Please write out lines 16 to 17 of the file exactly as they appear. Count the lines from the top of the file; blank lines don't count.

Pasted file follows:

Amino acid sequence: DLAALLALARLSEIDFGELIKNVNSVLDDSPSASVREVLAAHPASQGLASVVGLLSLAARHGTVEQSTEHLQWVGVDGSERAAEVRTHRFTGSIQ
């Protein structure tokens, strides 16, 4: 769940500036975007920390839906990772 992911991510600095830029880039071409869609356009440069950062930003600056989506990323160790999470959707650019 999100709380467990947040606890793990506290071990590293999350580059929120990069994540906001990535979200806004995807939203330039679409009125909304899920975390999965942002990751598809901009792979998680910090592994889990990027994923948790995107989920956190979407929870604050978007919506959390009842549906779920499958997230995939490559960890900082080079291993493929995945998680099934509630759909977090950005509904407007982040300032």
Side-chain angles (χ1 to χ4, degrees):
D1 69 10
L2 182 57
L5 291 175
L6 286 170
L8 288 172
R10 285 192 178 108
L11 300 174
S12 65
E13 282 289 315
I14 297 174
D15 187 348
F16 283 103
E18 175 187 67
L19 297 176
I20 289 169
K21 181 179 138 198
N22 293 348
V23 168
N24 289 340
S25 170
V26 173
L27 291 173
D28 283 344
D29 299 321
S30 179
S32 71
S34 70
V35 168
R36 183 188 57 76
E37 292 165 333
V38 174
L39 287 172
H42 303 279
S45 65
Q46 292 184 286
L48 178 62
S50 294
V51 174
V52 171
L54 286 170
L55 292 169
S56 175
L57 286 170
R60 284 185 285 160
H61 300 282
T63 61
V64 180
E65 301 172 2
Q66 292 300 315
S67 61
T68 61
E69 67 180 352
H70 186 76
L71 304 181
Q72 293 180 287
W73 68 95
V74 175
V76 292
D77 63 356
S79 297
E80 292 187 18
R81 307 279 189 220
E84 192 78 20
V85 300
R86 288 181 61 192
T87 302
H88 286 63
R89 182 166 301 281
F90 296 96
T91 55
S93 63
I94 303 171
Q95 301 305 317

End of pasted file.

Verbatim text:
E18 175 187 67
L19 297 176